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Adam Edwards: The poppy poseurs

PUBLISHED: 15:57 09 November 2016

The poppy is our national symbol of remembrance.The wearing of it, however is a voluntary act © Sergii Vortit

The poppy is our national symbol of remembrance.The wearing of it, however is a voluntary act © Sergii Vortit


Does the BBC send out a memo dictating on what date the Remembrance poppy must be worn by all who appear on our screens?

I am not ‘army’. It is true that at school I was a reluctant squaddie in the Combined Cadet Force (CCF) but my lack of aptitude for all things military meant I was swiftly transferred to the CCF band and thence, when my ineptitude with the drumsticks was as plain as the blanco on my boots, back into mufti.

It is also true that some distant members of my family sported uniforms but I never met them. In fact as a child growing up in North London my only regular encounter with any form of militia came from the pocket-sized War Picture Library comics that I read under my school desk.

It was not until I moved to the Cotswolds that I came across soldiers or rather ex-soldiers. Our hills are alive with former servicemen, who can be easily identified by their polished deck shoes and practical wristwatches. To my surprise I generally enjoy their company. I like their jokes, their trenchant views and their penchant for a drink. Some of them have become my close friends.

I mention this because among other things they have given me a new respect for the army, what it achieves and has achieved, and in particular for its many sacrifices. And so I wear a poppy in November.

As a rule I eschew all charity lapel badges, slogan-shouting T-shirts and trite car stickers (although my motor did briefly sport the bumper sticker ‘Drop-kick me Jesus through the goalposts of life’). I particularly dislike Red Nose-day pins, mysterious ribbons and enamel tokens, and the more I see others wearing them the more determined I am not to do so partly because, it seems to me, that it is little more than a cheesy way of publicly showing off one’s caring, sharing side. But the poppy, even with its nasty green plastic leaf attached, is different. It is our national symbol of remembrance; a way of showing both our respect for The Fallen and how they have helped keep our nation safe.

The wearing of it, however, is a voluntary act. It seems perfectly reasonable, for example that a pacifist or a conscientious objector would not wish to wear one. But today, in the 21st century, there appears to be no excuses for failing to flourish the red roundel. Last year, for example, the actress Sienna Miller didn’t wear one when she appeared on the Graham Norton Show. She had in fact bought a poppy but didn’t pin it on because it pinched the fabric of her dress. She also might justifiably have said that the damned thing just fell off, had been left on a change of clothes, eaten by the dog or consumed in the wash. But that did not stop the Twitter storm that followed that included tweets such as “why was she allowed on the show?” and “disrespectful cow”.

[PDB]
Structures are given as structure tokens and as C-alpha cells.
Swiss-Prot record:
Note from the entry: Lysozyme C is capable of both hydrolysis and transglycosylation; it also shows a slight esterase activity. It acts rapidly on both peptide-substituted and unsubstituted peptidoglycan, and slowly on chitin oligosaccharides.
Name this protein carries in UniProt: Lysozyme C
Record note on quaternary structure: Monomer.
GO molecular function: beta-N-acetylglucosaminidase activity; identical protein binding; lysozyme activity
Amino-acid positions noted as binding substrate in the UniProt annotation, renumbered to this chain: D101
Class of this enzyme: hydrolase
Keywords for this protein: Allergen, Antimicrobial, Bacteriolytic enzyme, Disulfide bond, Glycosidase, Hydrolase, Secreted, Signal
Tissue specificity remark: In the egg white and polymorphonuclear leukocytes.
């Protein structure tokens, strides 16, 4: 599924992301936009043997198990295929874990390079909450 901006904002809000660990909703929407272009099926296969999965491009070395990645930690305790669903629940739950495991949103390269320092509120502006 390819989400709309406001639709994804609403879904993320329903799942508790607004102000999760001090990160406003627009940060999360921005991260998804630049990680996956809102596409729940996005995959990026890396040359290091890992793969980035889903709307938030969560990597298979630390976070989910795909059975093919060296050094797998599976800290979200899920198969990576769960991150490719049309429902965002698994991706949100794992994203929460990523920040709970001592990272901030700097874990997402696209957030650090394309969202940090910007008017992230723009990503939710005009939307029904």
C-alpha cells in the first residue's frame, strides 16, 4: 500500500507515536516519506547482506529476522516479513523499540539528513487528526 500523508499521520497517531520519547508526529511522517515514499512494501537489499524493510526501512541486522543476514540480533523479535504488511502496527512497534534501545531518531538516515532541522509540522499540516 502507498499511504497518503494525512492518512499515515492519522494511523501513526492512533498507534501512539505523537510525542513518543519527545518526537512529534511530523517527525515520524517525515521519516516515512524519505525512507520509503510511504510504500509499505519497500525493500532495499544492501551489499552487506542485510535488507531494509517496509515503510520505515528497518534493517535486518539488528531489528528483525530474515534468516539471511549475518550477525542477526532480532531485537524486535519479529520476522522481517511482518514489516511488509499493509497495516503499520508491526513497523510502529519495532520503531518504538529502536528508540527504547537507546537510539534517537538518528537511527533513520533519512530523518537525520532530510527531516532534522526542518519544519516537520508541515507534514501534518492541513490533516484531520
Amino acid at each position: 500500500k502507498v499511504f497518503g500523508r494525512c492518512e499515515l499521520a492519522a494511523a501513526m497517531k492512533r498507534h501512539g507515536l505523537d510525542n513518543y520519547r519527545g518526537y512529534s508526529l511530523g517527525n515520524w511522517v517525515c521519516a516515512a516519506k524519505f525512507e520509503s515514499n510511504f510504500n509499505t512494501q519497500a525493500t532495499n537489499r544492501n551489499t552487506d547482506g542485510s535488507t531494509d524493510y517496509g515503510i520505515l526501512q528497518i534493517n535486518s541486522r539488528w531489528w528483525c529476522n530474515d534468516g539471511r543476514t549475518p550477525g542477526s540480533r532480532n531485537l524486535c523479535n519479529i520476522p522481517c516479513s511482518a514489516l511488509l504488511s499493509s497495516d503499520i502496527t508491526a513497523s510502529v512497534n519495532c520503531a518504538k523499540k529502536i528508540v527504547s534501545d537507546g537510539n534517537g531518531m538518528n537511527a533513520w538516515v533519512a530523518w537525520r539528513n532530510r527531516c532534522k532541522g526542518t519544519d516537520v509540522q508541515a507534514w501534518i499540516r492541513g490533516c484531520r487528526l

The reason I suspect for this abuse is because broadcasters now insist that their staff all wear one. This is particularly true of the BBC. Every single newsreader, weather forecaster, presenter and celebrity guest must have a perfectly placed poppy draped on their left breast. I assume the broadcaster sends a memo to its many make-up departments insisting that the thing must be attached from a particular day. (It would be interesting to know how many of those appearing on our screens have actually shelled out for their symbol.) Equally irritating is that the day chosen is several weeks before November 11. As the Times noted last year, “Like Christmas, poppy-wearing seems to get earlier every year. It won’t be long before TV presenters are attacked for failing to wear one in August.”

Because everybody in the public eye must now boast the decoration for weeks on end it is rapidly becoming meaningless (just as Christmas has lost its meaning as a Christian festival). The wearing of it has more to do with political correctness than remembrance. The next logical step is that we will be rebuked for failing to wear a pink ribbon during Breast Cancer Awareness month, or an Aids brooch on World Aids Day or a Save The Donkey pin badge during Starving Donkey Week.

My teenage army career may have been more Carry On Squaddie than `By the right, quick march’, but I shall still wear a poppy this year, for a couple of days before and on Remembrance Sunday.

Next year, however, I will instead put my money in the collecting box and then drink a toast to The Fallen with my Cotswold army chums.

For more from Adam Edwards, follow him on Twitter @cotswoldhack


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